Association of Pack-Years of Cigarette Smoking with Survival and Tumor Progression among Patients Treated with Chemoradiation for Head and Neck Cancer

Sung Jun Ma, Han Yu, Brian Yu, Olivia Waldman, Michael Khan, Udit Chatterjee, Sharon Santhosh, Jasmin Gill, Austin J. Iovoli, Mark Farrugia, Alina Shevorykin, Ellen Carl, Kimberly Wooten, Vishal Gupta, Ryan McSpadden, Moni A. Kuriakose, Michael R. Markiewicz, Ayham Al-Afif, Wesley L. Hicks, Mary E. PlatekMukund Seshadri, Christine Sheffer, Graham W. Warren, Anurag K. Singh

Research output: Contribution to journalArticlepeer-review


Importance: After 10 pack-years of smoking was initially established as a threshold for risk stratification, subsequent clinical trials incorporated it to identify candidates for treatment deintensification. However, several recent studies were unable to validate this threshold externally, and the threshold for smoking exposure remains unclear. Objective: To estimate the threshold of pack-years of smoking associated with survival and tumor recurrence among patients with head and neck cancer. Design, Setting, and Participants: This single-institution, cohort study included patients with nonmetastatic head and neck cancer receiving chemoradiation from January 2005 to April 2021. Data were analyzed from January to April 2022. Exposures: Heavy vs light smoking using 22 pack-years as a threshold based on maximizing log-rank test statistic. Main Outcomes and Measures: Overall survival (OS), progression-free survival (PFS), locoregional failure (LRF), and distant failure (DF). Results: A total of 518 patients (427 male [82.4%]; median [IQR] age, 61 [55-66] years) were included. Median (IQR) follow-up was 44.1 (22.3-72.8) months. A nonlinear Cox regression model using restricted cubic splines showed continuous worsening of OS and PFS outcomes as pack-years of smoking increased. The threshold of pack-years to estimate OS and PFS was 22. Cox multivariable analysis (MVA) showed that more than 22 pack-years was associated with worse OS (adjusted hazard ratio [aHR] 1.57; 95% CI, 1.11-2.22; P =.01) and PFS (aHR, 1.38; 95% CI, 1.00-1.89; P =.048). On Fine-Gray MVA, heavy smokers were associated with DF (aHR, 1.71; 95% CI, 1.02-2.88; P =.04), but not LRF (aHR, 1.07; 95% CI, 0.61-1.87; P =.82). When 10 pack-years of smoking were used as a threshold, there was no association for OS (aHR, 1.23; 95% CI, 0.83-1.81; P =.30), PFS (aHR, 1.11; 95% CI, 0.78-1.57; P =.56), LRF (aHR, 1.19; 95% CI, 0.64-2.21; P =.58), and DF (aHR, 1.45; 95% CI, 0.82-2.56; P =.20). Current smoking was associated with worse OS and PFS only among human papillomavirus (HPV)-positive tumors (OS: aHR, 2.81; 95% CI, 1.26-6.29; P =.01; PFS: aHR, 2.51; 95% CI, 1.22-5.14; P =.01). Conclusions and Relevance: In this cohort study of patients treated with definitive chemoradiation, 22 pack-years of smoking was associated with survival and distant metastasis outcomes. Current smoking status was associated with adverse outcomes only among patients with HPV-associated head and neck cancer.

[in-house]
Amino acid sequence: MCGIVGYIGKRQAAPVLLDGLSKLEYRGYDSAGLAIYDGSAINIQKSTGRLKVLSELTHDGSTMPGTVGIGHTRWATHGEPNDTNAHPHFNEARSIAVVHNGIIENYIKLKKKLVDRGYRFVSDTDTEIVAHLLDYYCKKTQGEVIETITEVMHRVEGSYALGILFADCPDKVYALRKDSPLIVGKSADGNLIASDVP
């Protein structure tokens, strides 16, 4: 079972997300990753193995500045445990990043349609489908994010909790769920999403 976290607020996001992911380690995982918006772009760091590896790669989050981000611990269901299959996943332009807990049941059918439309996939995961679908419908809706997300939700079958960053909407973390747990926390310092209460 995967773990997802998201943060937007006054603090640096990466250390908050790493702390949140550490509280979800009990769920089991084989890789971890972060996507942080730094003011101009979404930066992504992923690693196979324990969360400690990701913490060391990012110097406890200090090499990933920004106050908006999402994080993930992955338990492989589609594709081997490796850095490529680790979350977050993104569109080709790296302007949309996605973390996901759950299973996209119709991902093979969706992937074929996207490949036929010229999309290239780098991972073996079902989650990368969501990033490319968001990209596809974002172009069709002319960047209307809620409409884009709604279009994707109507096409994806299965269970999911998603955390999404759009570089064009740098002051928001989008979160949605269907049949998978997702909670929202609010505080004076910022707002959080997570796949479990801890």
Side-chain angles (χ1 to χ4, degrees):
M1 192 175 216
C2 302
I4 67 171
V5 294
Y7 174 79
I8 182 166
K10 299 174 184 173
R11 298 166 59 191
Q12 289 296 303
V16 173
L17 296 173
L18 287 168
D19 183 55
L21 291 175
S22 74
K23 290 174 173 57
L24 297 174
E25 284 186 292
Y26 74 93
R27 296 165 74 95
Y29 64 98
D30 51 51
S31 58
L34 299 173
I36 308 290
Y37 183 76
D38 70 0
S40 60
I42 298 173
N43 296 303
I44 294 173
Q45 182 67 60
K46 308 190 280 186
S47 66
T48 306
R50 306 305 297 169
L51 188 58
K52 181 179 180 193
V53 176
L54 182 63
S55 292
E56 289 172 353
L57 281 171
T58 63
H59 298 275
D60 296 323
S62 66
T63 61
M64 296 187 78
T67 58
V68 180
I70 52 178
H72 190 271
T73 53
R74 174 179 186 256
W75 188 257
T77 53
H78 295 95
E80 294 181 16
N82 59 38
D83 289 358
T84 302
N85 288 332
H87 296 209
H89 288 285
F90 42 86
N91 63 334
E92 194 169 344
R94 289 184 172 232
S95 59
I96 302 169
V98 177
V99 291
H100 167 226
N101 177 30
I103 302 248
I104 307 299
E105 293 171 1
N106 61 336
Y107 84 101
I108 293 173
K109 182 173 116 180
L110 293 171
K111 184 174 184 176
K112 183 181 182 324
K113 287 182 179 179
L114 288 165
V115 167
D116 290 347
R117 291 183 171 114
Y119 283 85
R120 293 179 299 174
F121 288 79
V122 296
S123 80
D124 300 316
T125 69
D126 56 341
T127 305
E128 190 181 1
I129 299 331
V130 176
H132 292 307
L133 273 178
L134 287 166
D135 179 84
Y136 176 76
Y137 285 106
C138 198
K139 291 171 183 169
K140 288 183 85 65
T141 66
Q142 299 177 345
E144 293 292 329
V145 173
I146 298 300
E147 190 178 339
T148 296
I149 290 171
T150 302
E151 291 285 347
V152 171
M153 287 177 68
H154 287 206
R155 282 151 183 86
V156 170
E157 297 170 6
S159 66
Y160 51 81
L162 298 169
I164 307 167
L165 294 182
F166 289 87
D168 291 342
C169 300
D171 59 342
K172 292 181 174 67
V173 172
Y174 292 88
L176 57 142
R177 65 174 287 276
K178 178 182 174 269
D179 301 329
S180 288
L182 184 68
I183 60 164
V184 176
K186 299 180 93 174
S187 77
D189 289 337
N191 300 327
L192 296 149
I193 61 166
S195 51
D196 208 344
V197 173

Original languageEnglish
Pages (from-to)E2245818
JournalJAMA network open
Issue number12
StatePublished - 8 Dec 2022
Externally publishedYes


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